None of it really has much life though. In a good Marston script, the man is evil and controlling…and then he learns to submit to the woman and everything is fine. Here, the woman only gets to be a dominatrix when she’s evil. When her crime is revealed, she goes back to being submissive, and is taken off to the hospital. WW says that her husband now loves her….but it sure seems like he loves her because she’s been redomesticated — because he recognizes her real (mental) weakness, rather than because he’s impressed by her strength. In other words, there’s bondage, and there’s some sort of gesture at feminism (maybe), but they never sync up the way they should. Instead of the usual accelerating Marston/Peter tower of preposterous obsession and obsessive preposterousness, you end up with a largely ennervated hodgepodge of domestic melodrama, adventure serial, and somewhat incongruous kink.

Just when I was getting ready to despair, the last story shows some of the old pizzazz. It almost certainly was written by Marston. Who else would have Hippolyta saving the ancient Aztecs and thwarting Cortes?

If you had any doubt, check out that bottom right panel, where Hippolyta gives the Aztec king a piggie-back ride. The king’s power is cemented by being infantilized by super-mommy. (Someone needs to send this page to R. Crumb.)

The details here are just much more idiosyncratic and vivid as well. For instance, this is great:

Etta’s “I’m even too hot to eat candy” is priceless…but the final payoff is great too. Diana’s not hot — because she’s Wonder Woman! Nothing fazes her, she’s always fresh and lovely — and Marston loves her for it.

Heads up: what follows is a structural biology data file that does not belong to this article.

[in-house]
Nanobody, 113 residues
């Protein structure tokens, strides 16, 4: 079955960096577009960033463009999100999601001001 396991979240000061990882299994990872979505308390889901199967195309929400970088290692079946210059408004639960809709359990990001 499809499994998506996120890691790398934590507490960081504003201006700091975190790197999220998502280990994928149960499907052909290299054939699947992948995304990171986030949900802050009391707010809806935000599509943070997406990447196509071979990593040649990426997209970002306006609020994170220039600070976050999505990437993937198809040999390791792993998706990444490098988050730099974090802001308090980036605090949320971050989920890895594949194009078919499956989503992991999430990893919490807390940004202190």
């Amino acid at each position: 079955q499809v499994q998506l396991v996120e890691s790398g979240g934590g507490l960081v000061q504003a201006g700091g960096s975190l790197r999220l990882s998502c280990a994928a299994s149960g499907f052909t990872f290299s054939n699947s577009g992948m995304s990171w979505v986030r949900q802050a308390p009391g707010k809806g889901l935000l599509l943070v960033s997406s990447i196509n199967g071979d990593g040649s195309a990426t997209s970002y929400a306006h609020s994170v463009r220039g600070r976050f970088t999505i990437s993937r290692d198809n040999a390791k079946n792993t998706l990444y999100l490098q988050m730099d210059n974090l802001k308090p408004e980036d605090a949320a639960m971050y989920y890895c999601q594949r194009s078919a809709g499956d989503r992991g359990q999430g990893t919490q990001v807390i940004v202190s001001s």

And what a lovely and bizarre Harry Peter drawing that is. Instead of the curtain suggesting the nakedness behind it, something like the opposite happens. It’s such a surfacy drawing, with the little circles for the bubbles and the stylized silhouette, that it almost denies that there’s anything beyond it; the flat shadow is eroticized for itself, rather than for the flesh it supposedly metonymizes. I mentioned WW’s relation to doll tales; this is another instance where artificiality is eroticized; the viewer sees and possesses the drawing, which is all there is to possess. The representation of nudity is erotic not because it’s nudity but because it’s a representation; men and women are encouraged to play with objectification for its own sake, enjoying the teasing flattening of bodies.

The plot is no great shakes; WW has to help the heir to the Aztec treasure recover it, or some such. But Marston’s love of the character gives life to even his less inspired ideas. As the above picture indicates, Peter, too, is more energized; his pages become more daring and unified, whether through use of color:

or through curving shapes and motion lines:

This is probably the central thematic page of the story, though:

There are three women in each panel, and they are arranged and rearranged in attitudes of worship, subservience, and affection, suggesting both mother-daughter and mistress-servant relationships. WW sits at the feet of Azta (Queen of the Modern Aztecs); then Azta kneels to Hippolyta; then all three sit togther on the couch, loving equals…except that Azta’s hands are still clasped in rapture, or in worship. It’s pretty tame as Marston goes, but I don’t think there’s any doubt that there’s an erotic frisson in women commanding, submitting, and loving each other. Women talking to each other (about something other than men!) — what more could Marston want? A world of Bechdel moments is (one of) his ideal erotic idylls.
_____________________

So we’ve got four more to go after this. As I’ve said before, 28 is fantastic, and definitely by Marston. 25, 26, and 27 though…I have concerns.

Tags: , , , ,